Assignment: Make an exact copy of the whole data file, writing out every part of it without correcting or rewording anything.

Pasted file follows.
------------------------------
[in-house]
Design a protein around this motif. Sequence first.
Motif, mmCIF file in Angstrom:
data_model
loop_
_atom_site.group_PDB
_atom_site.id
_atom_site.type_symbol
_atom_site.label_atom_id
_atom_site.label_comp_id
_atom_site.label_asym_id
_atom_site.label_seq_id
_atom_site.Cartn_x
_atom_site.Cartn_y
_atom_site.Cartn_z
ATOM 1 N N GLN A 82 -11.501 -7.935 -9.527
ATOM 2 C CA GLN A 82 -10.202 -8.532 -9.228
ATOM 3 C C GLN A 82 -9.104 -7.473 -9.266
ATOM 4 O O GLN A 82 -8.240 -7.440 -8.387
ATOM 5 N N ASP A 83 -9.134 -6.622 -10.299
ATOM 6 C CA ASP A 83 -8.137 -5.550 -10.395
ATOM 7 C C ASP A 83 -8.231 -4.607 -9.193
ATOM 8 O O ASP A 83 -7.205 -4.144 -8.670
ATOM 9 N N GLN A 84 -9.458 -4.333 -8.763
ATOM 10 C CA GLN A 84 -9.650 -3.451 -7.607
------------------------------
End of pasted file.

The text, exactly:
[in-house]
Design a protein around this motif. Sequence first.
Motif, mmCIF file in Angstrom:
data_model
loop_
_atom_site.group_PDB
_atom_site.id
_atom_site.type_symbol
_atom_site.label_atom_id
_atom_site.label_comp_id
_atom_site.label_asym_id
_atom_site.label_seq_id
_atom_site.Cartn_x
_atom_site.Cartn_y
_atom_site.Cartn_z
ATOM 1 N N GLN A 82 -11.501 -7.935 -9.527
ATOM 2 C CA GLN A 82 -10.202 -8.532 -9.228
ATOM 3 C C GLN A 82 -9.104 -7.473 -9.266
ATOM 4 O O GLN A 82 -8.240 -7.440 -8.387
ATOM 5 N N ASP A 83 -9.134 -6.622 -10.299
ATOM 6 C CA ASP A 83 -8.137 -5.550 -10.395
ATOM 7 C C ASP A 83 -8.231 -4.607 -9.193
ATOM 8 O O ASP A 83 -7.205 -4.144 -8.670
ATOM 9 N N GLN A 84 -9.458 -4.333 -8.763
ATOM 10 C CA GLN A 84 -9.650 -3.451 -7.607